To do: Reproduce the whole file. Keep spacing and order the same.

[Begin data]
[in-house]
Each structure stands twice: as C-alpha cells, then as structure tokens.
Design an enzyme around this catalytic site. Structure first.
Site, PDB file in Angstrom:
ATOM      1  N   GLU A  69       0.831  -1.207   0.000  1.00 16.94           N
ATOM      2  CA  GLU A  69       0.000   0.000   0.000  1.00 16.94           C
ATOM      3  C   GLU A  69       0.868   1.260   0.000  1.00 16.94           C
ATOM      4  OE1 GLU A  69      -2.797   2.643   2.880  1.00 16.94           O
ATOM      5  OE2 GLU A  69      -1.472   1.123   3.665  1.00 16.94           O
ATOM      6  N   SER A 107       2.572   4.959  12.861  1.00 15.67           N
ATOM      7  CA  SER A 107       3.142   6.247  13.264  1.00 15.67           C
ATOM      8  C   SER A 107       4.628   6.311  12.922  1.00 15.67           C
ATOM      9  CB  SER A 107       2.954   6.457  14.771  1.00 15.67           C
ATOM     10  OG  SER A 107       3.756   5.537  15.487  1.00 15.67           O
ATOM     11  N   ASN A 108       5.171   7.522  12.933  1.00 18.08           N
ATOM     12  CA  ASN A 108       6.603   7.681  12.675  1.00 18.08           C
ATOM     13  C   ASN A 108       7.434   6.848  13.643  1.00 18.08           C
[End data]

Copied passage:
[in-house]
Each structure stands twice: as C-alpha cells, then as structure tokens.
Design an enzyme around this catalytic site. Structure first.
Site, PDB file in Angstrom:
ATOM      1  N   GLU A  69       0.831  -1.207   0.000  1.00 16.94           N
ATOM      2  CA  GLU A  69       0.000   0.000   0.000  1.00 16.94           C
ATOM      3  C   GLU A  69       0.868   1.260   0.000  1.00 16.94           C
ATOM      4  OE1 GLU A  69      -2.797   2.643   2.880  1.00 16.94           O
ATOM      5  OE2 GLU A  69      -1.472   1.123   3.665  1.00 16.94           O
ATOM      6  N   SER A 107       2.572   4.959  12.861  1.00 15.67           N
ATOM      7  CA  SER A 107       3.142   6.247  13.264  1.00 15.67           C
ATOM      8  C   SER A 107       4.628   6.311  12.922  1.00 15.67           C
ATOM      9  CB  SER A 107       2.954   6.457  14.771  1.00 15.67           C
ATOM     10  OG  SER A 107       3.756   5.537  15.487  1.00 15.67           O
ATOM     11  N   ASN A 108       5.171   7.522  12.933  1.00 18.08           N
ATOM     12  CA  ASN A 108       6.603   7.681  12.675  1.00 18.08           C
ATOM     13  C   ASN A 108       7.434   6.848  13.643  1.00 18.08           C